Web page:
I sometimes wish I could have conversations with my past, younger self…here’s a conversation between Little and Big Adrianna that I wish I could have:
Big Adrianna: Hey…geez you’re tiny.
Little Adrianna: You’re tiny too and you’re supposed to be a grown adult. Umm…I don’t mean to be a harsh, but you don’t look like Cindy Crawford. People tell me I’m gonna grow up to look like her.
Big Adrianna: I know I know, disappointing. I’m not as rich either. Oh and by the way, sweet punch stain on your upper lip. Classy.
Little Adrianna: I like Hawaiian Punch, sue me. Hmm…well, your hair is pretty.
Big A: Oh yea…way nicer. I mean, I have to blow it straight and I need this fancy straightening cream and a flat iron…but it works, you know.
Little A: Yeah, totally…well, you look really happy.
Big A: I am…really happy.
Little A: Is it as hard as they say? You know, life…
Big A: (sigh) Yea totally…unfortunately. Childhood is hard. Teenage years are hard. (sigh) Love is hard.
Little A: Love?
Big A: Yea, that’s right…you’ll fall in love, be loved and have your heartbroken. But it’s awesome. So awesome. You’ll want to do it again…over and over, no matter what.
Little A: Hmmm…what else?
Big A: Well…lets see. Mom and Dad are cool…you still love them a whole lot. Dad still tells you what to do, but you sorta like it and strangely listen. Daniel is your friend. He calls you for girl advice and you think that’s fun.
Oh! You like coffee now…you love it, actually. You like all sorts of vegetables now, too…all kinds.
Little A: Weird. Even carrots?
Big A: Yeah, you totally love carrots. Especially when they’re roasted with honey…and even raw ones…and when they’re in cookies and cakes. I made these cookies for you just to prove to you that you can like ’em too.
Little A: Oh yea…they’re not bad. Not bad at all…kind of amazing, actually. Uh…thanks.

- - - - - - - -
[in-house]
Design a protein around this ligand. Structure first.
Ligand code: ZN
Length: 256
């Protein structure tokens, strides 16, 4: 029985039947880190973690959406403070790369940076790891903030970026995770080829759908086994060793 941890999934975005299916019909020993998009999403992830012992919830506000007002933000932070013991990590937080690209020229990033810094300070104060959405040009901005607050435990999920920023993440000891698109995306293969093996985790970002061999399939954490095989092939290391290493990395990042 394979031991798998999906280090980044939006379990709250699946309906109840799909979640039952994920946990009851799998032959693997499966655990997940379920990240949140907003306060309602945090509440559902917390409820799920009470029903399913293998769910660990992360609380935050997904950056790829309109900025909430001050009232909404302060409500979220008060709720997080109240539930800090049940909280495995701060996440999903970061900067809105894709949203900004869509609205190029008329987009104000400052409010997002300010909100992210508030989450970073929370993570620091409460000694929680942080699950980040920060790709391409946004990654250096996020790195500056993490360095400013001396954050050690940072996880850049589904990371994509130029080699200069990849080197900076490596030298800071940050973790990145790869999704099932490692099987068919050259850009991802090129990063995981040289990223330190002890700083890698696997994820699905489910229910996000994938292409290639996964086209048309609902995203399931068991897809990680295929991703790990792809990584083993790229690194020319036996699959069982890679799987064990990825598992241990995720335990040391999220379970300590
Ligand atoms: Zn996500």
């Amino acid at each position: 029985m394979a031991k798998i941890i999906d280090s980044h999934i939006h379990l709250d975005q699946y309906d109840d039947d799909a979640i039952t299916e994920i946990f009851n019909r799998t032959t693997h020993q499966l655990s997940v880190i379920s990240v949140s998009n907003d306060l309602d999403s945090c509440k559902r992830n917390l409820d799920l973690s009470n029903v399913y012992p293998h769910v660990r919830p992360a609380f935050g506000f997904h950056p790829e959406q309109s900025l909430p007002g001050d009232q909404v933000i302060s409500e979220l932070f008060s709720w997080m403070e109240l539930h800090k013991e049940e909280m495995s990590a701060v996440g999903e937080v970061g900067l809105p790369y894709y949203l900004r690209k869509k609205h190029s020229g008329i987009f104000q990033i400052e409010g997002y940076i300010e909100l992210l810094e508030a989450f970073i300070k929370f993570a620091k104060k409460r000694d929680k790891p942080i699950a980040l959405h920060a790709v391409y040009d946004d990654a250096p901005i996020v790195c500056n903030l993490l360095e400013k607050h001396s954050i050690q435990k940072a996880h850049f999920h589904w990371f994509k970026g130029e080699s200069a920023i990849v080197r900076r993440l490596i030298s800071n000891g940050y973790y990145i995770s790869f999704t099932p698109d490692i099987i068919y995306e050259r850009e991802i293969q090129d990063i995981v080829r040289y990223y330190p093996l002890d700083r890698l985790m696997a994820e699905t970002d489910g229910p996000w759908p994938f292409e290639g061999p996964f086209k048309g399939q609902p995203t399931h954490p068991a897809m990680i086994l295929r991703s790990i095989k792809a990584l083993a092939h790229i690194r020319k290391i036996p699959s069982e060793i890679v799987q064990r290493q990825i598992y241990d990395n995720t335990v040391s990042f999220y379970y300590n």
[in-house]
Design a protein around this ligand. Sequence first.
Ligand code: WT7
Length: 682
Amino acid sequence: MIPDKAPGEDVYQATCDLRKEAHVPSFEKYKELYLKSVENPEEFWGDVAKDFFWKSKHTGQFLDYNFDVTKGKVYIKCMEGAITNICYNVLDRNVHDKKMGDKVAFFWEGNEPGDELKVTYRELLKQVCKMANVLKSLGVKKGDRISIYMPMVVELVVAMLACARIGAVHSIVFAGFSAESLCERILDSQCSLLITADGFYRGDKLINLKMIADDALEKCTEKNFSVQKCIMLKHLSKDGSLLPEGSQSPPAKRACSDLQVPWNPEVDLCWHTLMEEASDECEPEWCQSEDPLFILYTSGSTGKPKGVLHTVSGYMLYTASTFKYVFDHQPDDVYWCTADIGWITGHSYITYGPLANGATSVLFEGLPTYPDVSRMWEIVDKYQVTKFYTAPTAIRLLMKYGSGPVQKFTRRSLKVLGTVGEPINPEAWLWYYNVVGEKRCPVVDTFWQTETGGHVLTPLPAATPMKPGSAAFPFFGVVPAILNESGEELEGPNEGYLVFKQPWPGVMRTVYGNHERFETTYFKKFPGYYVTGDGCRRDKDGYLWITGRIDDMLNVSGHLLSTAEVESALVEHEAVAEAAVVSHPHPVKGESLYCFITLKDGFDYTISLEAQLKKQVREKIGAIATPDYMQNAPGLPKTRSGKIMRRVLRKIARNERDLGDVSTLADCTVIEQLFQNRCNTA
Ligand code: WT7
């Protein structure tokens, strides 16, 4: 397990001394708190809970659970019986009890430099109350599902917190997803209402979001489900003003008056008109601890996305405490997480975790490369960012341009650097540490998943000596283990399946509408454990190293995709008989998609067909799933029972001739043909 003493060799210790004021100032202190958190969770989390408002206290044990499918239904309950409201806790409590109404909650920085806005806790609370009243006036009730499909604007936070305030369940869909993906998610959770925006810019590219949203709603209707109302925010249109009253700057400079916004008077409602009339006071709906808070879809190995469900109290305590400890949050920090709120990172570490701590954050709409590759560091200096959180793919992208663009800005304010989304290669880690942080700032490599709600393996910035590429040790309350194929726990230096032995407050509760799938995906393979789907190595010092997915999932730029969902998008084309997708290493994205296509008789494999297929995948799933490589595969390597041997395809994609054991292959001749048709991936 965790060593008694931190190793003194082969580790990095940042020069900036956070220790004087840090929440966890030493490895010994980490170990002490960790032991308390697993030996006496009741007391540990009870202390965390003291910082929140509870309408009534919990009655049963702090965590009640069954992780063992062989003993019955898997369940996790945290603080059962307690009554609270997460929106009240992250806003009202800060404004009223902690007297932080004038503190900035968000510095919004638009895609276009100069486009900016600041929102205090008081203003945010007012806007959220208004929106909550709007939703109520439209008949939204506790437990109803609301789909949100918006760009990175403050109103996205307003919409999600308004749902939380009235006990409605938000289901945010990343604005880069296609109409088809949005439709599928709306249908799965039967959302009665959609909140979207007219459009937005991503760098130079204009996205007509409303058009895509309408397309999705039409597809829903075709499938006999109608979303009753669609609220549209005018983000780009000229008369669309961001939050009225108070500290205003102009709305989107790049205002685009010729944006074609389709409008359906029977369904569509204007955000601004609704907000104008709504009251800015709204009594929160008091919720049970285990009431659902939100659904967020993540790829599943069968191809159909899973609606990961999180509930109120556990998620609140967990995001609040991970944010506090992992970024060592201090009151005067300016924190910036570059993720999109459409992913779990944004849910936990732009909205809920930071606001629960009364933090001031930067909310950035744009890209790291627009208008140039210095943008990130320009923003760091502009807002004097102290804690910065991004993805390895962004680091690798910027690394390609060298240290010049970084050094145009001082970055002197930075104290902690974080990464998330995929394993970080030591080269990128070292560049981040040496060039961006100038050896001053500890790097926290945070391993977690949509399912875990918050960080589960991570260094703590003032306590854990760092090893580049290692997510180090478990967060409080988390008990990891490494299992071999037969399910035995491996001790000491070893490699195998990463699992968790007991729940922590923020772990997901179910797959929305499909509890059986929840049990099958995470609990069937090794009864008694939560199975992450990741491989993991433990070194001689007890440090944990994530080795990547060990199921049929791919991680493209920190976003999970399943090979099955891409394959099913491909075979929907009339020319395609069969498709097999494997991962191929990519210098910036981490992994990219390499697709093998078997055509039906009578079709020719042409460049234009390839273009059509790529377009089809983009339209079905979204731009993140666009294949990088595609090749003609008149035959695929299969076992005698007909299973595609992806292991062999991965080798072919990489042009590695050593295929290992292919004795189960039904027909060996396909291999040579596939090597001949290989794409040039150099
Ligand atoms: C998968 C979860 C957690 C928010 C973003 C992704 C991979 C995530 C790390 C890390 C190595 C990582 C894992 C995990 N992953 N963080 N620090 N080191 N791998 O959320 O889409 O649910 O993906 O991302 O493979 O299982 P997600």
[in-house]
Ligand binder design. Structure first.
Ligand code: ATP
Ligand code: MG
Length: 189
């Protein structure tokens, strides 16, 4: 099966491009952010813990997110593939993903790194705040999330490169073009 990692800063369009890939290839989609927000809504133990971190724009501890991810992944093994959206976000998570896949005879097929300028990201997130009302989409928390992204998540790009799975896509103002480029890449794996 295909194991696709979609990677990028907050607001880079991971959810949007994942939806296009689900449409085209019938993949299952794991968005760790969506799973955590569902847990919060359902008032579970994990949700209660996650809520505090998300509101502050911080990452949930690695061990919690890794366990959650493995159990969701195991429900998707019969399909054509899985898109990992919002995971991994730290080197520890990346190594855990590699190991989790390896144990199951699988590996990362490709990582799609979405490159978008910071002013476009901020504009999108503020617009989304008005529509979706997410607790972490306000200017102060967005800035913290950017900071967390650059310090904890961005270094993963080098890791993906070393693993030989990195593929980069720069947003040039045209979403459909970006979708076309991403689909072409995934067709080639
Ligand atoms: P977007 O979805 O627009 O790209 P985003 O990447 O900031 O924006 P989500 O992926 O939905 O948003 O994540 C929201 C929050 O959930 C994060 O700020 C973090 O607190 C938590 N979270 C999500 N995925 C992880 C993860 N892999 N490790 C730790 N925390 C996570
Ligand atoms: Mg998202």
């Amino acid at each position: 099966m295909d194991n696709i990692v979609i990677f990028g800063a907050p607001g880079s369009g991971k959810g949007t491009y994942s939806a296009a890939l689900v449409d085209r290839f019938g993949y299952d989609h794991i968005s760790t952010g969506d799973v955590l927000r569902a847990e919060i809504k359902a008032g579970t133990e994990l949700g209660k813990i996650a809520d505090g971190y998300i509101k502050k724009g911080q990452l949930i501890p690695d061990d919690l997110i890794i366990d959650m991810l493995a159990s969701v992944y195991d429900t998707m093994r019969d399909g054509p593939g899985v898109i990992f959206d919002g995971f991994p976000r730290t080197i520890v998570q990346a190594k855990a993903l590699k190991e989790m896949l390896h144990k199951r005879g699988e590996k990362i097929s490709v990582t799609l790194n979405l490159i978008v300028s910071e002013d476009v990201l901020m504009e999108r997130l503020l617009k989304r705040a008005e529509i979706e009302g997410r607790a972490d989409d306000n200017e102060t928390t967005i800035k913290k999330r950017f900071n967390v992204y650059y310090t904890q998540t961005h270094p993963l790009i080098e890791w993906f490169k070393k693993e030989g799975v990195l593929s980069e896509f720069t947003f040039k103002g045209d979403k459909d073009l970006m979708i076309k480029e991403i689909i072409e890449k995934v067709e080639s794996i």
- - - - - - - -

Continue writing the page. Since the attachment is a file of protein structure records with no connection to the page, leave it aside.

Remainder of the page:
Big A: Yea, no problem. (pause)
Oh and if you ever get really sad while sitting in your room listening to Brian McKnight, writing poetry with your Hello Kitty pencil just remember this: you’ll be loved. It’ll make the hard stuff alright. Trust me on this.
Little A: Umm…okay. Thanks.
Big A: See you on the flip side, chiquita.
Carrot Cake Sandwich Cookies with Cream Cheese Filling
Recipe from The Craft of Baking
3/4 cup old-fashioned rolled oats
1 cup unbleached all-purpose flour
3/4 teaspoon ground cinnamon
1/4 teaspoon freshly grated nutmeg
1/2 teaspoon baking soda
1/2 teaspoon kosher salt
8 tablespoons (1 stick) unsalted butter, at room temperature
1/2 cup packed dark brown sugar
1/4 cup granulated sugar
1/2 teaspoon pure vanilla extract
1 large egg
3/4 cup roughly grated carrots (about 1 1/2 medium carrots
3 ounces cream cheese, at room temperature
4 tablespoons (1/2 stick) unsalted butter, at room temperature
Finely grated zest of 1 lemon
1 tablespoons granlated sugar
Pinch of kosher salt
Preheat the oven to 350˚F. Line two baking sheets with parchment paper.
Grind the oats in a food processor or blender to make a fine flour. In a medium bowl, whisk together the oat flour, all-purpose flour, cinnamon, nutmeg, baking soda, and salt.
In a bowl of an electric mixer fitted with the paddle attachment, beat the butter, brown sugar, granulated sugar, and vanilla extract on medium speed until well combined. Add the egg and beat to combine, scraping down the sides of the bowl with a rubber spatula. With the mixer on the lowest speed, add the dry ingredients in two additions, scraping down the sides of the bowl after each one. Add the carrots and mix until just to combine. The dough will be very sticky.
Drop 1-tablespoon mounds of the dough onto the prepared baking sheets, spacing them 1/2 inch apart. Bake, rotating the sheets once halfway through, until the cookies are golden brown and spring back when gently touched in the center, about 12 minutes. Cool the cookies completely, on the baking sheets set on a wire rack, before filling.
To make the filling, in the bowl of an electric mixer fitted with the paddle attachment, beat the cream cheese, butter, lemon zest, sugar, and salt on medium speed until well combined, scraping down the sides of the bowl as needed. (The filling can be kept in a covered container in the refrigerator for up to 1 week. Let it come to room temperature before using.)
Using a small spoon or spatula, spread 1 teaspoon of the filling over the flat side of half of the cookies. Sandwich with the remaining cookies, flat sides together.
The cookies can be kept in an airtight container for up to 2 days.